• The real estate agents are supreme coordinators, making sure the closing agent has the essentials and the buyer and seller are in the loop so everybody knows when to show up, what to bring and what needs to be completed before then.
  • When the closing agent has all the documents prepared, you will be told how much money you need to bring to settlement in a cashier's or certified check.
  • If your contract calls for a final walk-through of the house within 24 hours of closing, your agent should go with you and help mitigate anything that's not right. You may discover the air conditioner has quit or the gas stove won't light. Did the seller leave all the items specified in the contract? Problems at this point could delay closing or mean having the escrow agent hold back money due the seller until repairs are made.
The Closing

When the closing agent is satisfied that everything is in order and all the instructions are prepared and distributed, it's time for "the closing."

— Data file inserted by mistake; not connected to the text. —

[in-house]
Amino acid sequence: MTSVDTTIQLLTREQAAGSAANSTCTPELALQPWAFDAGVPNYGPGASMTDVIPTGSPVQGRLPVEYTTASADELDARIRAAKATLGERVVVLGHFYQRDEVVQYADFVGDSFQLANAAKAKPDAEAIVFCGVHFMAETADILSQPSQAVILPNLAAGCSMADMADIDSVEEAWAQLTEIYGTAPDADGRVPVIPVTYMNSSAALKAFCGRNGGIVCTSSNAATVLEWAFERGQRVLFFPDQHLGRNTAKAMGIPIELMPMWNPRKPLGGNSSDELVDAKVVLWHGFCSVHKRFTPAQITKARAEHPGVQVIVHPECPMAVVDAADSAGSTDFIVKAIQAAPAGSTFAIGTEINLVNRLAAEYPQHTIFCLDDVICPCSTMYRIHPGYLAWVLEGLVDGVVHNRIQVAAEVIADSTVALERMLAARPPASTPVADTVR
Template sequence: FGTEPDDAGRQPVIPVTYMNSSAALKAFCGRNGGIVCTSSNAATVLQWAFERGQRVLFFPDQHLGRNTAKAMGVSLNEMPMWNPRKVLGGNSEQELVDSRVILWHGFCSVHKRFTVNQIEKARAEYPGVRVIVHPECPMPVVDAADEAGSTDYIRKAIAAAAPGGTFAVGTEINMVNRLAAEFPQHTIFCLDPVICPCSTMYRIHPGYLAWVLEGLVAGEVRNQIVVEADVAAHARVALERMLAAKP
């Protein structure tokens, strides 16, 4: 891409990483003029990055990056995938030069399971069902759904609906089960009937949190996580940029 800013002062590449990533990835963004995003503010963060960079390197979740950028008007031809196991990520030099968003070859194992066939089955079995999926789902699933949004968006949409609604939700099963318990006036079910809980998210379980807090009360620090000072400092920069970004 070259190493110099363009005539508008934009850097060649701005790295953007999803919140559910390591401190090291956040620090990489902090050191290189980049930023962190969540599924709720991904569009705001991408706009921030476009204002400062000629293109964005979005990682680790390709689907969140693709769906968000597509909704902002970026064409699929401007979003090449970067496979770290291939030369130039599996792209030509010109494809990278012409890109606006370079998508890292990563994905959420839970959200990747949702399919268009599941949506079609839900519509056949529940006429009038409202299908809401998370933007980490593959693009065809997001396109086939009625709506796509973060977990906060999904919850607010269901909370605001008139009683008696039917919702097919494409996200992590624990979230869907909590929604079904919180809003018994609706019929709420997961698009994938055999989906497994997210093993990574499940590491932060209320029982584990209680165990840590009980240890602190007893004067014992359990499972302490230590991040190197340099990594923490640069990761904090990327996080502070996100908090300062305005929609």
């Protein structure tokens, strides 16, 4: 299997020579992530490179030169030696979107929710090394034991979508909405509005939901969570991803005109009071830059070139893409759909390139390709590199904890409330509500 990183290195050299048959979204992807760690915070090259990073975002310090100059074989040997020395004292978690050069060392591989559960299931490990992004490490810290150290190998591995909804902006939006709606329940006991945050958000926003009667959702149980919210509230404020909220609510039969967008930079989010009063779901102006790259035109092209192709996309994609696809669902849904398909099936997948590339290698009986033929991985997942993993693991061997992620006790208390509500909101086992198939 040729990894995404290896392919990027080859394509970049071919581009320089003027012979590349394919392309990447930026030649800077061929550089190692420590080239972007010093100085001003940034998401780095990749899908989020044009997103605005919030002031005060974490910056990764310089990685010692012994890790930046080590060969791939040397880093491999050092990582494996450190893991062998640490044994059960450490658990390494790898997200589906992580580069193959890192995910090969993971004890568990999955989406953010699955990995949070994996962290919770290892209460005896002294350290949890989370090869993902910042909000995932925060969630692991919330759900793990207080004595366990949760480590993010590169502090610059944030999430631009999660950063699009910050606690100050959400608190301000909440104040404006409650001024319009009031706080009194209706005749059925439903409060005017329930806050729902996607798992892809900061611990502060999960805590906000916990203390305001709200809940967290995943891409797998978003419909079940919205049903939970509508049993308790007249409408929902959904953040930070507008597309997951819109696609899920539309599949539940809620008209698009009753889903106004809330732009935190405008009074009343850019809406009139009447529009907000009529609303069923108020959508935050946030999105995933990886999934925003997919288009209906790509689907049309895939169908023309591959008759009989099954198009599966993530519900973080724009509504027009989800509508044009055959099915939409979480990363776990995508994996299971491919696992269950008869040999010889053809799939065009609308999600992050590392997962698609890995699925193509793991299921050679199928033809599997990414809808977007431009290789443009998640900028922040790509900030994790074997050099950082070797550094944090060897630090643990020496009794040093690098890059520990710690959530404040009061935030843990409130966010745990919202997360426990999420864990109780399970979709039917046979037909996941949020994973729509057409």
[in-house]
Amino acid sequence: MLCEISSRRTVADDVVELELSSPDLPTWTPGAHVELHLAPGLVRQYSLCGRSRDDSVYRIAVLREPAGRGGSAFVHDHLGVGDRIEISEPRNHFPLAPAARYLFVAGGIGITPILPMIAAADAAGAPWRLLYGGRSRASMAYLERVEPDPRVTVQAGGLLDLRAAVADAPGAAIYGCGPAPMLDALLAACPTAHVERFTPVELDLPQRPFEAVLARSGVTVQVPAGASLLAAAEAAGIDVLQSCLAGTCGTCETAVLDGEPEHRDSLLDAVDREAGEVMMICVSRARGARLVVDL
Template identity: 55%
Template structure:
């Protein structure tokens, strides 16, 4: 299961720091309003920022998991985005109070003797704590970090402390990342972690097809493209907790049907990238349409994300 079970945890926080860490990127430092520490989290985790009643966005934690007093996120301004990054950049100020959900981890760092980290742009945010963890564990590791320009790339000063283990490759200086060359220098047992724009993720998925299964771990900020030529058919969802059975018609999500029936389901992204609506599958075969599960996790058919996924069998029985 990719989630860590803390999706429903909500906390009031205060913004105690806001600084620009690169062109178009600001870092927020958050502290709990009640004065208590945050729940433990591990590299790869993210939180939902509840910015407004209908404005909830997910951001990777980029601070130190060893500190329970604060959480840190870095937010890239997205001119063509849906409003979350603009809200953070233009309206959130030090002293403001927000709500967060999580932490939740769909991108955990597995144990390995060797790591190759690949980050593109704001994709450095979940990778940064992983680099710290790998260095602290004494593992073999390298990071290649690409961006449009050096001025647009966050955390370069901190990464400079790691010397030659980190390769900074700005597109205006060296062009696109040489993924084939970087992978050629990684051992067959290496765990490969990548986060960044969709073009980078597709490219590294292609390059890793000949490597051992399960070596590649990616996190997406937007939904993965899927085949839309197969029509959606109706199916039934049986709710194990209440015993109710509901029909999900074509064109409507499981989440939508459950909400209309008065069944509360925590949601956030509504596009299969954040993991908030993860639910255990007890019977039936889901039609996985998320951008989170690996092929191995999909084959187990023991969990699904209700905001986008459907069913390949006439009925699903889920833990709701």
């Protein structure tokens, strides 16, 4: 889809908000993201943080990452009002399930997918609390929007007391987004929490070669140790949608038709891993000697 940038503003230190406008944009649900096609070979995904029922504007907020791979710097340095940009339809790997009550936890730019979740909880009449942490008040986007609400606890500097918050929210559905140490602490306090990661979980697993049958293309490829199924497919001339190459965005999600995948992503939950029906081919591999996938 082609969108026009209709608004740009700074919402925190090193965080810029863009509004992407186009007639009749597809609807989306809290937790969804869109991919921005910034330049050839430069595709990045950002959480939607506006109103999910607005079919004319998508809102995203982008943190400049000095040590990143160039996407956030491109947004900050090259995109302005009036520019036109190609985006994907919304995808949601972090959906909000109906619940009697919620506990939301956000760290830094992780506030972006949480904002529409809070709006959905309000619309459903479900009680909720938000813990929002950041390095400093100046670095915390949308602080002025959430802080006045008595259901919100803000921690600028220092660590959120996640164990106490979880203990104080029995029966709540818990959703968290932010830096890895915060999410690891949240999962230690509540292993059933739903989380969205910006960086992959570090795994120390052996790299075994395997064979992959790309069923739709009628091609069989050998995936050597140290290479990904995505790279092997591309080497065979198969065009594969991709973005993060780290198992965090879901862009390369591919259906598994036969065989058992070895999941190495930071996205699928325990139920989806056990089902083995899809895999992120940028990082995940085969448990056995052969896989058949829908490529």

The closing meeting structure varies by region. In many places the buyer and seller never see each other. You and your agent or attorney may meet with the closing officer, or just you and the escrow officer may take care of closing.

If you live where an attorney handles closing, all parties may be gathered around the same table.

Or you may be buying a house across the country and your closing is being handled by a branch office of a title company.

Because the federal government allows electronic signatures, it is now possible to conduct a paperless, online closing. Some experts are predicting a revolution in how real estate transactions are done in the near future; others see this day farther out because original signatures are the preferred method of document preparation so as to ensure that every interested party involved in the closing was able to read and verify all the documents. Closings usually take from one to two hours.

What to bring to closing
  • A certified or cashier's check. Federal law requires that you be told the amount you need to bring to closing at least one day before settlement. You will have to pay the down payment, plus the closing costs, which are 3 to 5 percent of your home purchase price minus your earnest money deposit. The closing agent will tell you whether you need one check or two and to whom they should be payable. Do not bring personal checks or cash.